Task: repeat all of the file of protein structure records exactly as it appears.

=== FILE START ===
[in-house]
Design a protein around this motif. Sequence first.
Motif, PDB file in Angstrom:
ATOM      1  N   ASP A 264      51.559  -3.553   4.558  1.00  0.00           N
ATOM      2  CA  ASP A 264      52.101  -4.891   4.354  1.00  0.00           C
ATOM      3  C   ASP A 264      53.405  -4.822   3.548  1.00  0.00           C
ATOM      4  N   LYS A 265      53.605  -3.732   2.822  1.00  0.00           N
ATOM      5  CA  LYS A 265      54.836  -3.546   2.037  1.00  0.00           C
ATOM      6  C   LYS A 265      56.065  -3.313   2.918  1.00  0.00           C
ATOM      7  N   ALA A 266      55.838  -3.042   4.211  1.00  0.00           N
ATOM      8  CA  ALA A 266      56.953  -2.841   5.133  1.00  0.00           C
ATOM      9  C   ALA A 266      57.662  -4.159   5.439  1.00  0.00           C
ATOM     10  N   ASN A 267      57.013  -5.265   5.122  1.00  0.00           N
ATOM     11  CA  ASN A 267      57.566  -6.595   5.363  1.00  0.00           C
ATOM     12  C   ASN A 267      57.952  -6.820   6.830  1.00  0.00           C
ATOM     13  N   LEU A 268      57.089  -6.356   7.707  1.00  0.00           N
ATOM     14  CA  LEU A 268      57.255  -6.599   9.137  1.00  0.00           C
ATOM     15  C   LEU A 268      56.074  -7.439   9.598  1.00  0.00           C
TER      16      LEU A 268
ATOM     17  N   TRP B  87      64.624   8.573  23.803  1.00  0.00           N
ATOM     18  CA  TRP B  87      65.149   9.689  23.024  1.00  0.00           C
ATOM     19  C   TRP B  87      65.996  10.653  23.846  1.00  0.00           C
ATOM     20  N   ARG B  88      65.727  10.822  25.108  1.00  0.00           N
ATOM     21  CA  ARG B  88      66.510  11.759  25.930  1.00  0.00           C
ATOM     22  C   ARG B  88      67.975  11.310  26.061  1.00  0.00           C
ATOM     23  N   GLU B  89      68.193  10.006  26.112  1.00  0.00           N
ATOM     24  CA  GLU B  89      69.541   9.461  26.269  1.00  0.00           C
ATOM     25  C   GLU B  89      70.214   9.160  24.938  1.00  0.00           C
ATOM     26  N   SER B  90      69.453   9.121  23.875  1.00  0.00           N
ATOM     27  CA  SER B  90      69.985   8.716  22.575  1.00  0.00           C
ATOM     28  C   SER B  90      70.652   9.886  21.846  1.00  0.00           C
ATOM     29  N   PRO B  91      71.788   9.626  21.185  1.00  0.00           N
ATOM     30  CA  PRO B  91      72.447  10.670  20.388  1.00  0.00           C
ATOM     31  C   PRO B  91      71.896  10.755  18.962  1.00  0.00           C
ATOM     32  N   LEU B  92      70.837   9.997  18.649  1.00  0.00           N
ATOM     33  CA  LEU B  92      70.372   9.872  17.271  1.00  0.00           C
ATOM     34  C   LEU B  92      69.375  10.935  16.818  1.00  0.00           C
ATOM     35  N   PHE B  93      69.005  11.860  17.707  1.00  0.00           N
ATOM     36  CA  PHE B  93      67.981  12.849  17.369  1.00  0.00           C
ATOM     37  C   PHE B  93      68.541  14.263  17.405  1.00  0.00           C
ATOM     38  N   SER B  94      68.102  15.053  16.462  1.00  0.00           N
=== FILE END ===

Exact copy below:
[in-house]
Design a protein around this motif. Sequence first.
Motif, PDB file in Angstrom:
ATOM      1  N   ASP A 264      51.559  -3.553   4.558  1.00  0.00           N
ATOM      2  CA  ASP A 264      52.101  -4.891   4.354  1.00  0.00           C
ATOM      3  C   ASP A 264      53.405  -4.822   3.548  1.00  0.00           C
ATOM      4  N   LYS A 265      53.605  -3.732   2.822  1.00  0.00           N
ATOM      5  CA  LYS A 265      54.836  -3.546   2.037  1.00  0.00           C
ATOM      6  C   LYS A 265      56.065  -3.313   2.918  1.00  0.00           C
ATOM      7  N   ALA A 266      55.838  -3.042   4.211  1.00  0.00           N
ATOM      8  CA  ALA A 266      56.953  -2.841   5.133  1.00  0.00           C
ATOM      9  C   ALA A 266      57.662  -4.159   5.439  1.00  0.00           C
ATOM     10  N   ASN A 267      57.013  -5.265   5.122  1.00  0.00           N
ATOM     11  CA  ASN A 267      57.566  -6.595   5.363  1.00  0.00           C
ATOM     12  C   ASN A 267      57.952  -6.820   6.830  1.00  0.00           C
ATOM     13  N   LEU A 268      57.089  -6.356   7.707  1.00  0.00           N
ATOM     14  CA  LEU A 268      57.255  -6.599   9.137  1.00  0.00           C
ATOM     15  C   LEU A 268      56.074  -7.439   9.598  1.00  0.00           C
TER      16      LEU A 268
ATOM     17  N   TRP B  87      64.624   8.573  23.803  1.00  0.00           N
ATOM     18  CA  TRP B  87      65.149   9.689  23.024  1.00  0.00           C
ATOM     19  C   TRP B  87      65.996  10.653  23.846  1.00  0.00           C
ATOM     20  N   ARG B  88      65.727  10.822  25.108  1.00  0.00           N
ATOM     21  CA  ARG B  88      66.510  11.759  25.930  1.00  0.00           C
ATOM     22  C   ARG B  88      67.975  11.310  26.061  1.00  0.00           C
ATOM     23  N   GLU B  89      68.193  10.006  26.112  1.00  0.00           N
ATOM     24  CA  GLU B  89      69.541   9.461  26.269  1.00  0.00           C
ATOM     25  C   GLU B  89      70.214   9.160  24.938  1.00  0.00           C
ATOM     26  N   SER B  90      69.453   9.121  23.875  1.00  0.00           N
ATOM     27  CA  SER B  90      69.985   8.716  22.575  1.00  0.00           C
ATOM     28  C   SER B  90      70.652   9.886  21.846  1.00  0.00           C
ATOM     29  N   PRO B  91      71.788   9.626  21.185  1.00  0.00           N
ATOM     30  CA  PRO B  91      72.447  10.670  20.388  1.00  0.00           C
ATOM     31  C   PRO B  91      71.896  10.755  18.962  1.00  0.00           C
ATOM     32  N   LEU B  92      70.837   9.997  18.649  1.00  0.00           N
ATOM     33  CA  LEU B  92      70.372   9.872  17.271  1.00  0.00           C
ATOM     34  C   LEU B  92      69.375  10.935  16.818  1.00  0.00           C
ATOM     35  N   PHE B  93      69.005  11.860  17.707  1.00  0.00           N
ATOM     36  CA  PHE B  93      67.981  12.849  17.369  1.00  0.00           C
ATOM     37  C   PHE B  93      68.541  14.263  17.405  1.00  0.00           C
ATOM     38  N   SER B  94      68.102  15.053  16.462  1.00  0.00           N